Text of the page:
Amber Case, the co-founder of Geoloqi.com and a cyborg anthropologist (cool!), talked about ambient location and the future of interfaces for Sunday’s keynote at South by Southwest.
Case said that using your smartphone all the time makes you a cyborg. She said we’re creating walls of information (if printed out) via Facebook, which she said is similar to what the ancient Egyptians did, but we’re not archiving the way they did.
“All of this is hanging there in mid-air or in the cloud somewhere” as opposed to carved into stone. She said we all become paleontologists in a way because we’re digging through content (think of searching through your email) to find information.
She said we also have “information jetlag” because we interact on Twitter, with text messages and emails, etc. “When you put this all together, you kind of panic,” she said, showing off a screen grab of her inbox with more than 20,000 unread emails after her TED talk last year.
“Every time I look for what the future, I look to a research institution that has a lot of funding and time,” she said. She talked about Steve Mann, an inventor who was one of the pioneers of augmented reality. He created a heads-up glasses display years ago that took video of the world around him and then allowed him to alter it (in his case to make billboards and other advertisement say whatever he wants the to say. He also used a “Twiddler” to type.
He also used “computer-mediated reality” for facial recognition and history so he could remember names (something I could use).
“It took a very long time to reach everyone’s pockets, but it is not yet heads-up displays,” Case said. “It was really expensive and difficult to use” until recently, she said.
She said Flipboard makes her happy because it’s a “superhuman interface.” - it reduces the time it takes to get to the information.
She also showed off a massage vest, which you wear and as someone plays a video game, it causes you to get a massage. I think this might save some marriages.
She talked about Calm Technology, which was looked into in the 1970s by Xerox PARC in California. The idea is that your natural actions become input. As an example, she talked about the Haptic compass belt. You wear it, and it buzzes in the direction of North. What do you do with this? It helps you get around, and it gives you a new sense of direction without looking at a map. If you hook it into GPS, it can buzz you which way to go when you need to turn. “It’s compressing a video into another sense. It shouldn’t be in the visual space.”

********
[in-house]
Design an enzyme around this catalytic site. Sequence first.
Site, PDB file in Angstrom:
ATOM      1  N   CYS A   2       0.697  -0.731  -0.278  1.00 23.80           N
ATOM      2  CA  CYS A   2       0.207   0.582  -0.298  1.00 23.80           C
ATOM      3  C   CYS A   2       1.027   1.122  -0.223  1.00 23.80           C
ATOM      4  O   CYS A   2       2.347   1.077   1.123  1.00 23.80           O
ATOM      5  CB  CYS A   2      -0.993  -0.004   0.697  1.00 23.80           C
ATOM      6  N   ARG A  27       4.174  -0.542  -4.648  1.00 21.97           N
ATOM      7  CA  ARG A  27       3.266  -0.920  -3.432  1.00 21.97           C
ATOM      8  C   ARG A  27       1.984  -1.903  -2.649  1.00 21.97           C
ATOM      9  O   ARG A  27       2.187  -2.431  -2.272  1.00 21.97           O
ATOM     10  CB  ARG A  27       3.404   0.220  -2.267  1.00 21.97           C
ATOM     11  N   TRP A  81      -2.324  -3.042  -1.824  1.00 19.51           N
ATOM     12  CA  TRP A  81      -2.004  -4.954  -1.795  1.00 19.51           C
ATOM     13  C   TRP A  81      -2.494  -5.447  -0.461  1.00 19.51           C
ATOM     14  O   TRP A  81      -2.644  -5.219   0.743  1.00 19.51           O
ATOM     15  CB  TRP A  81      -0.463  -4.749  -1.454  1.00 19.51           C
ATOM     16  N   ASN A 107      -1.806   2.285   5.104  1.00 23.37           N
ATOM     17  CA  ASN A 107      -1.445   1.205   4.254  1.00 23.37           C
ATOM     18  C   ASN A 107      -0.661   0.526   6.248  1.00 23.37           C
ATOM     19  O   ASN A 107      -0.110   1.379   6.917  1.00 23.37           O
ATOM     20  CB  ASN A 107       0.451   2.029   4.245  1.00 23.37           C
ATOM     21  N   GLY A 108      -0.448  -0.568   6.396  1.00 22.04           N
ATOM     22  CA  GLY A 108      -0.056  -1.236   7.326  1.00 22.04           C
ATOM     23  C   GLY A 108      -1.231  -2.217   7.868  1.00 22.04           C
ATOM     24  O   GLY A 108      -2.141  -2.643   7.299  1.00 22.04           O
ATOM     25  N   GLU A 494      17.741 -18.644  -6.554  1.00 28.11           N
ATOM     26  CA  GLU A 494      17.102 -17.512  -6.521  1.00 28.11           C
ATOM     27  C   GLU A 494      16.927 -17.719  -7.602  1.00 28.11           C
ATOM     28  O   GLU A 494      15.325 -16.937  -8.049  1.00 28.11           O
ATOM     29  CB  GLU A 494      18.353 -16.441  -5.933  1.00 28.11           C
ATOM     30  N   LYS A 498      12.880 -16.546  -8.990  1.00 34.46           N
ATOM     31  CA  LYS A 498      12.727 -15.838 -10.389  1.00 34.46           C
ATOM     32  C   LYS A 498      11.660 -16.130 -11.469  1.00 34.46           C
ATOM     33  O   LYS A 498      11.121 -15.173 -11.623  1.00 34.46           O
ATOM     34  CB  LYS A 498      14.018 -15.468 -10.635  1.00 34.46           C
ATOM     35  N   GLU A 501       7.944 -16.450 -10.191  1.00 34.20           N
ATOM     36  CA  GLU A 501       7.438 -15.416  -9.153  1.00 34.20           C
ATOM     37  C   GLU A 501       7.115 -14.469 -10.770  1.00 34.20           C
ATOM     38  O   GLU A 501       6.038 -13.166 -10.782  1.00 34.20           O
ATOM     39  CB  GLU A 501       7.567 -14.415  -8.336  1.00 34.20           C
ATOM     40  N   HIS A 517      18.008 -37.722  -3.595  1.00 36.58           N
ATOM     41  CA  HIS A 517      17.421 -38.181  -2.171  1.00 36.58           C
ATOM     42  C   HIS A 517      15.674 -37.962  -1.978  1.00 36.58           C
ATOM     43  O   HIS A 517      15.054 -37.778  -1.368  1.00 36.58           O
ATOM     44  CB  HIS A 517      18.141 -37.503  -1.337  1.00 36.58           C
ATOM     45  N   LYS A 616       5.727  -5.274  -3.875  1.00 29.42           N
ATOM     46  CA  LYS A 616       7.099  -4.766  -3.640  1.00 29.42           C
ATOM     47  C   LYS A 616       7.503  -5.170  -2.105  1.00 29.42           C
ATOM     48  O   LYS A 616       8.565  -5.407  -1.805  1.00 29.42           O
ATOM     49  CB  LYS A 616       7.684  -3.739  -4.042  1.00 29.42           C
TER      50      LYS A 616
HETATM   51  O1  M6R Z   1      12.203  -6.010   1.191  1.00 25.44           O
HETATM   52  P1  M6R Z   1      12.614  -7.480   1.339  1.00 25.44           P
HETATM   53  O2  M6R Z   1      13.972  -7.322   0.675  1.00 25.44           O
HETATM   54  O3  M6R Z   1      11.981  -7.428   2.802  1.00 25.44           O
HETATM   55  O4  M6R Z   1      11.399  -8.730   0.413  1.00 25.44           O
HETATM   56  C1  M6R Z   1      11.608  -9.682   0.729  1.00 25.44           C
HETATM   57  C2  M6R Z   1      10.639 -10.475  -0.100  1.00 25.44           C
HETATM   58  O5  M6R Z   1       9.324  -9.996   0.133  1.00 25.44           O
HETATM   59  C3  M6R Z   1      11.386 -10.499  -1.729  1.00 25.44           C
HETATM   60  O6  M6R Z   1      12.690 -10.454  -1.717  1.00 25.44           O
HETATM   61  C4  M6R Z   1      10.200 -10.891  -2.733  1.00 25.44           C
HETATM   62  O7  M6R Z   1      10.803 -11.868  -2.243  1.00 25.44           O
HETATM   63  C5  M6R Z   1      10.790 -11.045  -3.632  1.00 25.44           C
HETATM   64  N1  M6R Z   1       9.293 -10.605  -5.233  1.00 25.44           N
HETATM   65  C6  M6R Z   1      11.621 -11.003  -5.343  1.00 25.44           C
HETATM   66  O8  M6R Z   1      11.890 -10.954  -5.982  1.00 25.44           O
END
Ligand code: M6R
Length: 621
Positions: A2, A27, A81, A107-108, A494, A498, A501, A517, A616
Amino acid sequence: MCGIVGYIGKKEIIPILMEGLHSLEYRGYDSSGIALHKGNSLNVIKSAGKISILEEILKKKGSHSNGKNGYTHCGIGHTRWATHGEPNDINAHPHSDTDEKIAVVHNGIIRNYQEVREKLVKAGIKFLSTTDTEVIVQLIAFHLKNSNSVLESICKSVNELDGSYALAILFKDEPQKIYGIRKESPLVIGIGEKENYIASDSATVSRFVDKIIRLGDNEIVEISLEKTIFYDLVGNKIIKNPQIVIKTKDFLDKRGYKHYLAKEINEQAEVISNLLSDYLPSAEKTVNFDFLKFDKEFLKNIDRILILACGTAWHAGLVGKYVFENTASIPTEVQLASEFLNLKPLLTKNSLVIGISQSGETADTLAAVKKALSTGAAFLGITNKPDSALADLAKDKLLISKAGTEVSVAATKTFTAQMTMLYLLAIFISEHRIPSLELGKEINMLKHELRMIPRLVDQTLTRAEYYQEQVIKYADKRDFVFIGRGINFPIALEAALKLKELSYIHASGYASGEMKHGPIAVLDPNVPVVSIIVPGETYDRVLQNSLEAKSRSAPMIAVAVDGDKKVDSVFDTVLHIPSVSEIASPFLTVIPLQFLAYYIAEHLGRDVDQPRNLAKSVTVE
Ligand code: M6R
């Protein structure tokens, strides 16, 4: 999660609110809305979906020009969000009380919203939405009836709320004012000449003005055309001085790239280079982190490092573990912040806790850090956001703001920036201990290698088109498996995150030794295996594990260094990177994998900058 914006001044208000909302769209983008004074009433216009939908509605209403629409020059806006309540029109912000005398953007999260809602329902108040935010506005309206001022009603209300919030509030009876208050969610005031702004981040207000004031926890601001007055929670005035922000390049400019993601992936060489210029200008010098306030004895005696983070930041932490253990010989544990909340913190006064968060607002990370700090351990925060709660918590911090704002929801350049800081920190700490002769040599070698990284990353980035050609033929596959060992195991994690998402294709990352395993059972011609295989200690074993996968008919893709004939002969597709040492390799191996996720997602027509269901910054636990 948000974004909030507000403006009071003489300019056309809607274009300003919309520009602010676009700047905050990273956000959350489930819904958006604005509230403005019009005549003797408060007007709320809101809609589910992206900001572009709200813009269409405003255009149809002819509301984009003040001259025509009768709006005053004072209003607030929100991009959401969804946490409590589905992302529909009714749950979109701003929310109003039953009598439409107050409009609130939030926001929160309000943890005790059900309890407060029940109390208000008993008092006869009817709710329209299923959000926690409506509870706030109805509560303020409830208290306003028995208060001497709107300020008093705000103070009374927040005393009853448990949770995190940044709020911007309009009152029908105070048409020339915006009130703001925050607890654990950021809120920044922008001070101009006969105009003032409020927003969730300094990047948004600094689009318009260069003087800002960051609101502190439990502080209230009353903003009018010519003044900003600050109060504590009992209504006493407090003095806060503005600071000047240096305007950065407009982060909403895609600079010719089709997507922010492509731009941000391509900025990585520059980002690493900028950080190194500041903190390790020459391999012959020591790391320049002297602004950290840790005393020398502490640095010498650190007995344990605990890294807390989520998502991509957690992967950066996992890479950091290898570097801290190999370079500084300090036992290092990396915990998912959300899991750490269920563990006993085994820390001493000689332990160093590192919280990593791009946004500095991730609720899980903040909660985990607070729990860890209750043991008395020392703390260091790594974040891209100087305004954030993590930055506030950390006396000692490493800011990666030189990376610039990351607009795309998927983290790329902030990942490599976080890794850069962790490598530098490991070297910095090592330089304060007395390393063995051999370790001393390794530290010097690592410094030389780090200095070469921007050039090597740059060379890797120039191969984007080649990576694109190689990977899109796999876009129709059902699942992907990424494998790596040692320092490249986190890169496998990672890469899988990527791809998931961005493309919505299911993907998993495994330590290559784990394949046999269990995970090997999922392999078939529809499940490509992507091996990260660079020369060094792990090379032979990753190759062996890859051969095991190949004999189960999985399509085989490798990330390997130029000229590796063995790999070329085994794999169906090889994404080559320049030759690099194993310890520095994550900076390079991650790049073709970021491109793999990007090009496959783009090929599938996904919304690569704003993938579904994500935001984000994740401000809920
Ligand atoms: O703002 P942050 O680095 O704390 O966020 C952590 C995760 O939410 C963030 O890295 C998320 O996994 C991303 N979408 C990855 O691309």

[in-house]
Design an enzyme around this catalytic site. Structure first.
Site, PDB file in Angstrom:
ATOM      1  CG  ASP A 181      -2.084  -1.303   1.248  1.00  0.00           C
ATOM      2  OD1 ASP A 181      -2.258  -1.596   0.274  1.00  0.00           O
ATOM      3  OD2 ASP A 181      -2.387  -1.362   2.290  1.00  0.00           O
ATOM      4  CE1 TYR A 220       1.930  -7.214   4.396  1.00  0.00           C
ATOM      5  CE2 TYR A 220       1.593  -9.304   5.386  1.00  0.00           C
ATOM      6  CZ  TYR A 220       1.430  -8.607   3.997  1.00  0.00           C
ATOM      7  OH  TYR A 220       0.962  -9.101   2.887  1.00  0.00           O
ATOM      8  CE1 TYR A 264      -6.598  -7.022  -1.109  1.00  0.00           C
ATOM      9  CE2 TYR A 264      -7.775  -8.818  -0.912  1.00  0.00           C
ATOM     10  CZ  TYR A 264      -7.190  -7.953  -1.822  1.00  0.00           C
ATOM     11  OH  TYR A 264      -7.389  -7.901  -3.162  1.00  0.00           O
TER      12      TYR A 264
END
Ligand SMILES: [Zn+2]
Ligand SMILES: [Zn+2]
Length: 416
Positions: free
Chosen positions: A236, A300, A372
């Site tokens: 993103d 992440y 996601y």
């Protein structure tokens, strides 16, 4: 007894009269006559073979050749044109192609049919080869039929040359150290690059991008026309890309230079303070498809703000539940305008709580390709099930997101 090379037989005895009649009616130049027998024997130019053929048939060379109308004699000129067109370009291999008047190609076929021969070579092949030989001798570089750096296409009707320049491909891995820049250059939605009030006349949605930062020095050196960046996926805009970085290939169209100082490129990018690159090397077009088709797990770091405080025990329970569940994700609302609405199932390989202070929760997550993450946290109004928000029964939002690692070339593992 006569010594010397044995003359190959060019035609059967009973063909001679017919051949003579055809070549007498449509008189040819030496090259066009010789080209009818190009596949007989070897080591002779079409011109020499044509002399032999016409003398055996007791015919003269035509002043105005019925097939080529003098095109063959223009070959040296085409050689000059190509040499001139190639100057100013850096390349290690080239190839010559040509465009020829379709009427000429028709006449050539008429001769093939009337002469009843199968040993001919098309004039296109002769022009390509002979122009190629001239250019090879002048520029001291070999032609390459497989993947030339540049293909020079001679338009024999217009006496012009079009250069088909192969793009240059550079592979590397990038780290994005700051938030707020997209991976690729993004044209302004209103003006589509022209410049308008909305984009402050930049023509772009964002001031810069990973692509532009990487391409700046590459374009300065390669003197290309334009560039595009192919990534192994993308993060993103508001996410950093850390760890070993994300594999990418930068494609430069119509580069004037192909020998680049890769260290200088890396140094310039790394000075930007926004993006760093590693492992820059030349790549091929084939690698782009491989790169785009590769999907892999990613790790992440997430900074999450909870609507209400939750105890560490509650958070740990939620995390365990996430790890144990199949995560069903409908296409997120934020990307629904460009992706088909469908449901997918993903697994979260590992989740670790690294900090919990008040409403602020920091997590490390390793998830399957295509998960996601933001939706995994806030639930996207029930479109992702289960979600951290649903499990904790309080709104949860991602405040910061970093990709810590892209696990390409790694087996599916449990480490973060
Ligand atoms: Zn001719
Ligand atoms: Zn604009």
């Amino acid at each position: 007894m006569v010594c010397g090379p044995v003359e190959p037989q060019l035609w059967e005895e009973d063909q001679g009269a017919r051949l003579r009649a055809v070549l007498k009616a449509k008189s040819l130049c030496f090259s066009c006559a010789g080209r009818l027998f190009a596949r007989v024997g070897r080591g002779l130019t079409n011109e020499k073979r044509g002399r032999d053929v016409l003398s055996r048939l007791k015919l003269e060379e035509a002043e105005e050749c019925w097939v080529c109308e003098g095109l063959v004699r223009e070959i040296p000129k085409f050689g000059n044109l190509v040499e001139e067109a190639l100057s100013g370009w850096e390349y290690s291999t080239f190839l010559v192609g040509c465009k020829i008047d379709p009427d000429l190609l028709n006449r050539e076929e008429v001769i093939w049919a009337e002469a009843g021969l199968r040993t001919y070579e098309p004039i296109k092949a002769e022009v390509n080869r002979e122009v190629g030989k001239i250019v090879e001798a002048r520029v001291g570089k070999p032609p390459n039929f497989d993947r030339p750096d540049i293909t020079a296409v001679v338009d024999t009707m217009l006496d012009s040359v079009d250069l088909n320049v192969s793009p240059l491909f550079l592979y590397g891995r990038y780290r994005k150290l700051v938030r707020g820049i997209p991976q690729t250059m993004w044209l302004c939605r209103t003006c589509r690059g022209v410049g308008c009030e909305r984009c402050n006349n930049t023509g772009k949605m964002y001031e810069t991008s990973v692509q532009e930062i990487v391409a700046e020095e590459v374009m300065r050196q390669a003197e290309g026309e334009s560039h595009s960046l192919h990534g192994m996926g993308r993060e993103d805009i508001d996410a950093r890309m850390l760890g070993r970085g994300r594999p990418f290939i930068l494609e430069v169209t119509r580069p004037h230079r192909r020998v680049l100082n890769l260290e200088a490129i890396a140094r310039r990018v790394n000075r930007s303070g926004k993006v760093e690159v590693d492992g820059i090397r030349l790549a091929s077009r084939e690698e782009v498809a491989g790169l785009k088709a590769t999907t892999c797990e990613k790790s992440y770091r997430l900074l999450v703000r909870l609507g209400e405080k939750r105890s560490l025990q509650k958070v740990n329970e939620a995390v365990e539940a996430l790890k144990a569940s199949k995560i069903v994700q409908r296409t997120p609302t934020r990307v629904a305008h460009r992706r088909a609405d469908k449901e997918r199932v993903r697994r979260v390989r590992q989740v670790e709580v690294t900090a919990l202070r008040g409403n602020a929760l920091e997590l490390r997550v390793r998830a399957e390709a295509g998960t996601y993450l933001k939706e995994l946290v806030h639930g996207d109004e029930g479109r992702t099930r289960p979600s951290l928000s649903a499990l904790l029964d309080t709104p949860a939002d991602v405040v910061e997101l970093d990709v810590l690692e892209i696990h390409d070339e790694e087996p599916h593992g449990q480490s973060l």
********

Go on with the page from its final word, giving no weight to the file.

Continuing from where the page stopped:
The ambient location part of her speech was about getting use out of your phone without spending time staring at your phone all day.
As an example, she said her co-founder was capturing his location and speed every 5 seconds of every day for quite a while using GPS. What can you do with it? Case said you could leave a message in places, and when you get to that place, you get the message (sounds like Siri’s notifications system). You could put a “geofence” around the house, so when you get home, your lights turn on because your phone tells you that you’re home. “The phone becomes a remote control for reality,” she said.
Another use, she said is to have your phone tell you when you’re at your bus stop and when to get off. “That sort of thing - where you’re using this in the background so you help your life and you don’t have so much intensity in life by staring at a screen all your life.”
She talked about an app created as an experiment in Portland that knows when you’re waiting at a bus station and buzzes you to tell you when the next bus will be there. Another gives you all the Wikipedia articles around you as you walk through a city. The interface is set up to behind the scenes, so you don’t have to think about loading the app and asking it questions, like Google. Instead, it just know when you’re at a cool spot and pushes it to your phone.
What keeps all this tech from reaching the mainstream? Battery drain, she said. When you use location-based apps, the battery dies quickly. Another problem is there are several platforms, and it’s hard to develop for several platforms.
She said the next generation of location is in the background, doing things to help you and the above problems would be solved. So she created Geoloqi to try to solve the core problems.
She announced they are partnering with three companies to make this happen.
* Appcelerator - They have a toolkit for developers and 1.5 million users.
* Factual - She said you need context and data, and Factual has 60 million data points around the world.
* Locaid - They have access to 350 million devices in their network.
“The best technology gets out of your way and let’s you live your life.”